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We are spilling the tea.....

Updated: Nov 11, 2022

Oh, you don't know what that means? Don't worry! Neither did I until my 18-year old cousin filled me in on this new slang. Spilling the tea is getting the scoop, letting the cat out of the bag, telling that juicy secret and we are here for it.

What are we spilling the tea on you ask? One of the most common and problematic orthopedic issues. Any guesses? Let's start with a little history. I spent almost six years living in Las Vegas. During that time, I worked part-time as a physical therapist for Cirque Du Soleil. What a blast! When I tell others about this experience the response is unanimous, "Oh I bet they really need PT!" And yes, they absolutely need therapy. Any guesses on the most problematic injury? I bet you are thinking lumbar instability from our contortionists, or labral tears from trapeze artists, or even ACL tears from trampoline artists. While all of those injuries occur frequently, good old fashioned ankle sprains lingered for months on many of our performers. And I'm not talking about rare eversion deltoid ligament sprains, these were inversion sprains.

Many therapists know we've added on to the age old acronym RICE to also include movement. Therapists expertly rehab patients through acute and sub-acute stages of ankle sprains. But how about those chronic sprains that continue to cause pain with plyometrics, running, and deep squatting?

Well let's spill that tea!

Chronic ankle sprains, especially on elite or high performing athletes, require a more in-depth look at biomechanics of the foot and ankle. Range of motion can appear full and equal bilaterally without normal talo-crural mechanics. Are you checking talo-crural swing in sitting? Are you seeing that last bit of external rotation in full dorsiflexion? These minute motions keep basketball players from forceful and explosive push off and cause pain in landing for gymnasts. But the loss also keeps moms from fully squatting to tie their toddlers shoes. The point, there is more to evaluate than what first meets the eye and dysfunction from the talo-crural joint effects everyone, not just athletes. Let's talk about the cuboid bone. Remember that little guy? Man can he cause some pain! When picturing the biomechanics of common inversion injuries keep in mind that the cuboid is often forcefully internally rotated. Patients complain of pain in the lateral foot, some say they feel like something is poking the outside of the foot causing them to pronate more during gait. Over pronation stretches and stresses plantar fascia which is a whole other post. The point, address these issues early. What about pain in the heel after full talo-crural swing resolves? Check the sub-talar joint. Is the calcaneus still stuck in inversion from the initial injury or is it compensating with loss of inversion to accommodate other joint dysfunction caused from trauma? Make sure the fibula mechanics are good for the inferior and superior joint. The fibula takes a big hit with ankle sprains.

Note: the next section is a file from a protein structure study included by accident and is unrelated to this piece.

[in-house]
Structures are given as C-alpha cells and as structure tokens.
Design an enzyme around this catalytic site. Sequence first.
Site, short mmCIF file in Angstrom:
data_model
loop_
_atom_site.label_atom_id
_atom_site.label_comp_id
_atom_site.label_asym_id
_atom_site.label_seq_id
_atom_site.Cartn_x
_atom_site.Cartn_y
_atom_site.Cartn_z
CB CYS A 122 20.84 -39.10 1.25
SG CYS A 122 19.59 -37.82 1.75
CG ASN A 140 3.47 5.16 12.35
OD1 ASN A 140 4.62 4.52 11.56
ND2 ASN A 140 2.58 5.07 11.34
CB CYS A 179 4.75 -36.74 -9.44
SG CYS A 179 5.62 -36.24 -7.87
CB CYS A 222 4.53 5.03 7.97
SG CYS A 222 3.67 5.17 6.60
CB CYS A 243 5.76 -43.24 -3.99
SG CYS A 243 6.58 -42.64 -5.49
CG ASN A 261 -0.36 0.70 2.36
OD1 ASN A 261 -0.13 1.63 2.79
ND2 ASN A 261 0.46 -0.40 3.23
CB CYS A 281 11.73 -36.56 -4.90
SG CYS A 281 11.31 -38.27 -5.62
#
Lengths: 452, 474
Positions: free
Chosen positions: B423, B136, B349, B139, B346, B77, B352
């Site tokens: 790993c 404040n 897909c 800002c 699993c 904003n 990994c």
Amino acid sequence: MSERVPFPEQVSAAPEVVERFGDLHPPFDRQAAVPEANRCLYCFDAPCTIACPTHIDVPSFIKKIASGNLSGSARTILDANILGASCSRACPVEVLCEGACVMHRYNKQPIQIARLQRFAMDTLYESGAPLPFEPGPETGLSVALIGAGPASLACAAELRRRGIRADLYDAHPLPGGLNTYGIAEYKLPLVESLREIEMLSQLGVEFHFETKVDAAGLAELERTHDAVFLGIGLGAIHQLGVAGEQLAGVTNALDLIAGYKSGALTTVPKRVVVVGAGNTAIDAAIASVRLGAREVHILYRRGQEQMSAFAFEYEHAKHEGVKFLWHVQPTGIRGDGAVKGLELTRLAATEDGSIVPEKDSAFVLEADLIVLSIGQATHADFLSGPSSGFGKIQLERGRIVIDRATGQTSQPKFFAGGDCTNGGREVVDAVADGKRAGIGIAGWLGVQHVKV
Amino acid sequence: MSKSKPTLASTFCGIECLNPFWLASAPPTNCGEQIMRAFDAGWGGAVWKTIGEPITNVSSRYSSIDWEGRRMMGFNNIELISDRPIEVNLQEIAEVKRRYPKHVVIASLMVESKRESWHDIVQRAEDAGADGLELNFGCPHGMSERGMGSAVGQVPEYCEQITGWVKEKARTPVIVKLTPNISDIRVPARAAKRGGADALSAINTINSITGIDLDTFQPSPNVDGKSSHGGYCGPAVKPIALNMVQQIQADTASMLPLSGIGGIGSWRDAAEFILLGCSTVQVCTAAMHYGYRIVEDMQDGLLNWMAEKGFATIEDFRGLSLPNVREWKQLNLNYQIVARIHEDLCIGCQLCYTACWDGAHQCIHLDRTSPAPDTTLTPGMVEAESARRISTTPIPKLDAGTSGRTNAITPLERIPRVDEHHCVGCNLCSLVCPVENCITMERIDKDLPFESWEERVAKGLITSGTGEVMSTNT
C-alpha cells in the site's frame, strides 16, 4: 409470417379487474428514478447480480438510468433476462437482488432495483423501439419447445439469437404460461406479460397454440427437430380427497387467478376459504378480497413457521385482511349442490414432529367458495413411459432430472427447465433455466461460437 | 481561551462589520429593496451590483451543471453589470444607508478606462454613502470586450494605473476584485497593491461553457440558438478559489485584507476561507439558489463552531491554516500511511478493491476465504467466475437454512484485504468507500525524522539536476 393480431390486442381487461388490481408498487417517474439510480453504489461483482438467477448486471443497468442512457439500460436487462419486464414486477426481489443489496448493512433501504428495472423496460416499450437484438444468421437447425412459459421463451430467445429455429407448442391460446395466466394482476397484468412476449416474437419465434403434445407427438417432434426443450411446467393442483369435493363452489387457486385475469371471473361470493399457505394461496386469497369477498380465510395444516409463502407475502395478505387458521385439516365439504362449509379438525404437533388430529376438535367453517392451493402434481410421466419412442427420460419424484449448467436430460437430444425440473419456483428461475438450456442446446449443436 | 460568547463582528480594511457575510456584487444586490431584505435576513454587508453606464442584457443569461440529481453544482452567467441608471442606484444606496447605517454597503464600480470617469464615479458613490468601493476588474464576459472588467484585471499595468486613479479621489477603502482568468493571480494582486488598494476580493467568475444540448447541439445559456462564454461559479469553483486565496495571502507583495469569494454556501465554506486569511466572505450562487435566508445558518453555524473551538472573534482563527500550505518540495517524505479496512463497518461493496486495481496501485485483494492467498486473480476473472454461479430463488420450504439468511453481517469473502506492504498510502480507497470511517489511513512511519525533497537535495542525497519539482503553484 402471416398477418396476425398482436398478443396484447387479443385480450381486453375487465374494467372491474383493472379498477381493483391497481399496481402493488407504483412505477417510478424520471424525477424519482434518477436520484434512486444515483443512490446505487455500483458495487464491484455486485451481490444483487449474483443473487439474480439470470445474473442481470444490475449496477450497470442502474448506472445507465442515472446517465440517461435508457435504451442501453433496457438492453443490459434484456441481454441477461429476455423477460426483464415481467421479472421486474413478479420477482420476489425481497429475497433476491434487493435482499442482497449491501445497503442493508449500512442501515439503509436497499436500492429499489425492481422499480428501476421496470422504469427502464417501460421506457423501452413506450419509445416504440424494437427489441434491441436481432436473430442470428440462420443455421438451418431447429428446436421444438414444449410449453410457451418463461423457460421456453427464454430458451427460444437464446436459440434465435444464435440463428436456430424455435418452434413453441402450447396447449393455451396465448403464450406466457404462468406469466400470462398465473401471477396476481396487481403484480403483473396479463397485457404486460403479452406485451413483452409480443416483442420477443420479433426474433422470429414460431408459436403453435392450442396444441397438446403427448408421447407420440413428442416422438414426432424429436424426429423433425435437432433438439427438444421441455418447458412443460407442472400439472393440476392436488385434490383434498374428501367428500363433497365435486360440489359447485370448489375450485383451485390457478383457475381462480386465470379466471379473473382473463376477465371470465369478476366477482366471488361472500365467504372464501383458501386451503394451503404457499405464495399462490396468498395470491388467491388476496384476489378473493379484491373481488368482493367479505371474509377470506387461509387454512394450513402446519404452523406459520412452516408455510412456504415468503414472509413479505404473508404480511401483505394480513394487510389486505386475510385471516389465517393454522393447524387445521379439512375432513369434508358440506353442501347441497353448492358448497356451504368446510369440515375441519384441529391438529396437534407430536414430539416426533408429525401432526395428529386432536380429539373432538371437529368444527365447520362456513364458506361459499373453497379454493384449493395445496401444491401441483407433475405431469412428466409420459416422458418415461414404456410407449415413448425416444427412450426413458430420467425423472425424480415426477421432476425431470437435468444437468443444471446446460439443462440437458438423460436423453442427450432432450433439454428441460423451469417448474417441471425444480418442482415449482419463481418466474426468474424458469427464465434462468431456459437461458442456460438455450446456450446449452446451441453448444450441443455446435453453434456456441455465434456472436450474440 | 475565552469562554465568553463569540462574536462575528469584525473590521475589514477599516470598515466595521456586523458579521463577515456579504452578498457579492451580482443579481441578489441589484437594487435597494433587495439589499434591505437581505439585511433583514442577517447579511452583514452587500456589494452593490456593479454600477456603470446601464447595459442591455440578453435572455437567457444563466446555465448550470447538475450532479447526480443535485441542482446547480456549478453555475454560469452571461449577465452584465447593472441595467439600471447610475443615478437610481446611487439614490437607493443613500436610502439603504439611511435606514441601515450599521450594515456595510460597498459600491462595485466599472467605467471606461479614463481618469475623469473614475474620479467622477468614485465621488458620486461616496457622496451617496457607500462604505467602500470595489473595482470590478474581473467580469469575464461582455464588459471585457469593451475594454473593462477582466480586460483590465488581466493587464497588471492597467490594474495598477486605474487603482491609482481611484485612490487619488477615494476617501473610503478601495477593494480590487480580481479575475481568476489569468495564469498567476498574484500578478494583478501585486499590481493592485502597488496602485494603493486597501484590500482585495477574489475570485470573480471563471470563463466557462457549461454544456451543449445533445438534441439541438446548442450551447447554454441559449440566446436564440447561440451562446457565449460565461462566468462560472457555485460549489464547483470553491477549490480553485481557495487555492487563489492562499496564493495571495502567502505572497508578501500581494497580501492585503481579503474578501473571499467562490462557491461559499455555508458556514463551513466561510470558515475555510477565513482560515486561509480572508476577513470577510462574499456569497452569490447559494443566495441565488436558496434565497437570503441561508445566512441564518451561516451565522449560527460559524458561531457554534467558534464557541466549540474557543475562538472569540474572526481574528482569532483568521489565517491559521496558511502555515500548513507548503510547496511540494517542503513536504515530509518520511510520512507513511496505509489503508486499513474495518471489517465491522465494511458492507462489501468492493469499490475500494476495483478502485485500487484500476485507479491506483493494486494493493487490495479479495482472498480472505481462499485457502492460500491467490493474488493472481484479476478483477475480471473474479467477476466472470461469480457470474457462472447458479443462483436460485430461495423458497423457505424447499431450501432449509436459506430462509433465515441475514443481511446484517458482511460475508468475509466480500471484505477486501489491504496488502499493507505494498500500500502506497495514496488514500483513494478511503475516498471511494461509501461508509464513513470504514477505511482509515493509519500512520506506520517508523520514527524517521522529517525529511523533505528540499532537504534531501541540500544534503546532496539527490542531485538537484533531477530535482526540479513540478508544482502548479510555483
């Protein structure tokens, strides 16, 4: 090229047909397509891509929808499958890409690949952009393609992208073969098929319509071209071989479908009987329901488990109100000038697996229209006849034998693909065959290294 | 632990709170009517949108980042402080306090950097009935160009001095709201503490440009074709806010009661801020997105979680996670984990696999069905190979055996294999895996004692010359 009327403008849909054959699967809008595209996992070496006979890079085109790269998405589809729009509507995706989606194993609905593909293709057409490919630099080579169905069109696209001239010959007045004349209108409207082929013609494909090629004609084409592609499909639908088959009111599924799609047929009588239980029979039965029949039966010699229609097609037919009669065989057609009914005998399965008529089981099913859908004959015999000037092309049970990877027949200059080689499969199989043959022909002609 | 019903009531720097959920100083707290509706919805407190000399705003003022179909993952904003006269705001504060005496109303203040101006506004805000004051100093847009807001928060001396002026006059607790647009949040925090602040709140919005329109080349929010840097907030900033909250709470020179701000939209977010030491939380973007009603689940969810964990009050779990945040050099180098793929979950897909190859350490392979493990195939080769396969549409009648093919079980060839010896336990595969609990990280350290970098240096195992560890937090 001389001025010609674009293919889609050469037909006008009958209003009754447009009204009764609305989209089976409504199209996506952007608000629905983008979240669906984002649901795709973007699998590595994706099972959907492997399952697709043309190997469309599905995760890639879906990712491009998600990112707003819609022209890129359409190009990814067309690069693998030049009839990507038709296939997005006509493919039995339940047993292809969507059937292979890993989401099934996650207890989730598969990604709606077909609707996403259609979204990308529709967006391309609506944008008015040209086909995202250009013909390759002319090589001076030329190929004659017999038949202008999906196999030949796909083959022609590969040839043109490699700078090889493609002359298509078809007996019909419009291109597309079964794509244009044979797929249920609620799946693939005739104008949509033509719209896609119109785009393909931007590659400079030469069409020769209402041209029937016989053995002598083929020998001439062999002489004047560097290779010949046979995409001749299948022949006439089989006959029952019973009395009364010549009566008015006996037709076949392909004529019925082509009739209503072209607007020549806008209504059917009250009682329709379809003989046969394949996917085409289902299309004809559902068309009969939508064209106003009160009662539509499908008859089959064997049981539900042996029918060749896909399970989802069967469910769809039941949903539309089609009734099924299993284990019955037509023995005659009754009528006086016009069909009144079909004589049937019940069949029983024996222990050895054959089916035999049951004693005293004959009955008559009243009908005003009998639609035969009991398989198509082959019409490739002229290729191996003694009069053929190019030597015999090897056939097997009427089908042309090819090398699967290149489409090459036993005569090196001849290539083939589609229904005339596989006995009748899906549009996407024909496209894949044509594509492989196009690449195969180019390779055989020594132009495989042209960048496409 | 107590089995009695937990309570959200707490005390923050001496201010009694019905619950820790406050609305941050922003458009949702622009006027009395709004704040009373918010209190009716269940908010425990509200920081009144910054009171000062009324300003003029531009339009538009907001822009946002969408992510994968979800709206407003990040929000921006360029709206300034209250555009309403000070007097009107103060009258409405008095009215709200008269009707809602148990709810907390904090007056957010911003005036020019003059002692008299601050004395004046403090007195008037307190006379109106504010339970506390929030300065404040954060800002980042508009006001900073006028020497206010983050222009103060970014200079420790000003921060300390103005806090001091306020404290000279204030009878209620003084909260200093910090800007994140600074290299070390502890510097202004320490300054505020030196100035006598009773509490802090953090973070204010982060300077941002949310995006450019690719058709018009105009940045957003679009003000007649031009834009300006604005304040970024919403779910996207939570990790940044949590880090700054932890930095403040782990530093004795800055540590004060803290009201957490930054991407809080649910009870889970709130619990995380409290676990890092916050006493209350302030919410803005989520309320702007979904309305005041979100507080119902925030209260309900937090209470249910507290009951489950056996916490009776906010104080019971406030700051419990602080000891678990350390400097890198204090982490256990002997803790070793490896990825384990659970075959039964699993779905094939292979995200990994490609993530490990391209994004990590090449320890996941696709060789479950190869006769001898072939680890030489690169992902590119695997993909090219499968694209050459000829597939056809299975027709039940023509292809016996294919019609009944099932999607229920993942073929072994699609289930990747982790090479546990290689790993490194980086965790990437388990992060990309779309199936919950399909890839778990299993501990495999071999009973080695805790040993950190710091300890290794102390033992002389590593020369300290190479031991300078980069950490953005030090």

So you've found faulty mechanics, now what? I'll list a few of my favorite tips and tricks for each of the joints listed.
  1. Talo-crural: mobilization with movement. Have the patient step forward with involved leg into a lunge position. Pull the inferior tib-fib complex anteriorly as the patient lunges forward. Repeat 20-30 times as tolerated.

  2. Cuboid: cuboid whip manipulation. Patient is standing holding onto table or chair for support. Stand on uninvolved leg and bend the knee of the involved ankle. Dorsiflex the foot as you push the cuboid forward. Make sure the patient is relaxed as you quickly "whip" the cuboid anteriorly into eversion.

  3. Sub-talar: prone calcaneal distraction. Have patient lay in prone. Pull the calcaneus away from their head. Grade 4 mobilizations as tolerated for three minutes. Great for pain relief!

  4. Tibio-fibular: muscle energy technique. Find limitations of superior joint first. Look for a loss of anterior-lateral or posterior-medial glide. For loss of anterior glide use ankle dorsiflexors to pull forward for five seconds followed by anterior-lateral mobilization. For loss of posterior glide use ankle plantar flexors to pull the fibula posterior-medial for five seconds followed by mobilization.

We love to share our favorite treatment tips and hope they help you with problematic patients. We would love to hear your thoughts and some of your favorite treatment techniques. Reach out to us below!


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